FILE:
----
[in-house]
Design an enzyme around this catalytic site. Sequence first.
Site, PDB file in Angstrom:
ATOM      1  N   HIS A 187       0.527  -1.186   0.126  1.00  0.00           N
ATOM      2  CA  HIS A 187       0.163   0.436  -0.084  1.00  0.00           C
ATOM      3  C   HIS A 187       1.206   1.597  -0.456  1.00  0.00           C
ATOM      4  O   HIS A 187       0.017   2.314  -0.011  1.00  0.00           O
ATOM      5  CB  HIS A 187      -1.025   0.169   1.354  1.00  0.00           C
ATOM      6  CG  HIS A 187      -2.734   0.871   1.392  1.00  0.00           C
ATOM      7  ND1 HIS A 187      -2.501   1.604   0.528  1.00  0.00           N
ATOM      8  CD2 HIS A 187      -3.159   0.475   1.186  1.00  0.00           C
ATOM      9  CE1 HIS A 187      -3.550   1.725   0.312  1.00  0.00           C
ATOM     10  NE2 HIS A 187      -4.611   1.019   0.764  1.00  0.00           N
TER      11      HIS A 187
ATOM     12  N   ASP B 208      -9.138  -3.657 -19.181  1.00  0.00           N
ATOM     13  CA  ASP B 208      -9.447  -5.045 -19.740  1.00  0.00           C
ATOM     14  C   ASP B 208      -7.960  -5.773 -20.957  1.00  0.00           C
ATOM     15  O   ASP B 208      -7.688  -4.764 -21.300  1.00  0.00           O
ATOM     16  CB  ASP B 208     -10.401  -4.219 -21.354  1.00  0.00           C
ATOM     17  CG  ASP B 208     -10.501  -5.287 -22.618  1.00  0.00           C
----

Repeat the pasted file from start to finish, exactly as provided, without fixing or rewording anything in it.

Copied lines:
[in-house]
Design an enzyme around this catalytic site. Sequence first.
Site, PDB file in Angstrom:
ATOM      1  N   HIS A 187       0.527  -1.186   0.126  1.00  0.00           N
ATOM      2  CA  HIS A 187       0.163   0.436  -0.084  1.00  0.00           C
ATOM      3  C   HIS A 187       1.206   1.597  -0.456  1.00  0.00           C
ATOM      4  O   HIS A 187       0.017   2.314  -0.011  1.00  0.00           O
ATOM      5  CB  HIS A 187      -1.025   0.169   1.354  1.00  0.00           C
ATOM      6  CG  HIS A 187      -2.734   0.871   1.392  1.00  0.00           C
ATOM      7  ND1 HIS A 187      -2.501   1.604   0.528  1.00  0.00           N
ATOM      8  CD2 HIS A 187      -3.159   0.475   1.186  1.00  0.00           C
ATOM      9  CE1 HIS A 187      -3.550   1.725   0.312  1.00  0.00           C
ATOM     10  NE2 HIS A 187      -4.611   1.019   0.764  1.00  0.00           N
TER      11      HIS A 187
ATOM     12  N   ASP B 208      -9.138  -3.657 -19.181  1.00  0.00           N
ATOM     13  CA  ASP B 208      -9.447  -5.045 -19.740  1.00  0.00           C
ATOM     14  C   ASP B 208      -7.960  -5.773 -20.957  1.00  0.00           C
ATOM     15  O   ASP B 208      -7.688  -4.764 -21.300  1.00  0.00           O
ATOM     16  CB  ASP B 208     -10.401  -4.219 -21.354  1.00  0.00           C
ATOM     17  CG  ASP B 208     -10.501  -5.287 -22.618  1.00  0.00           C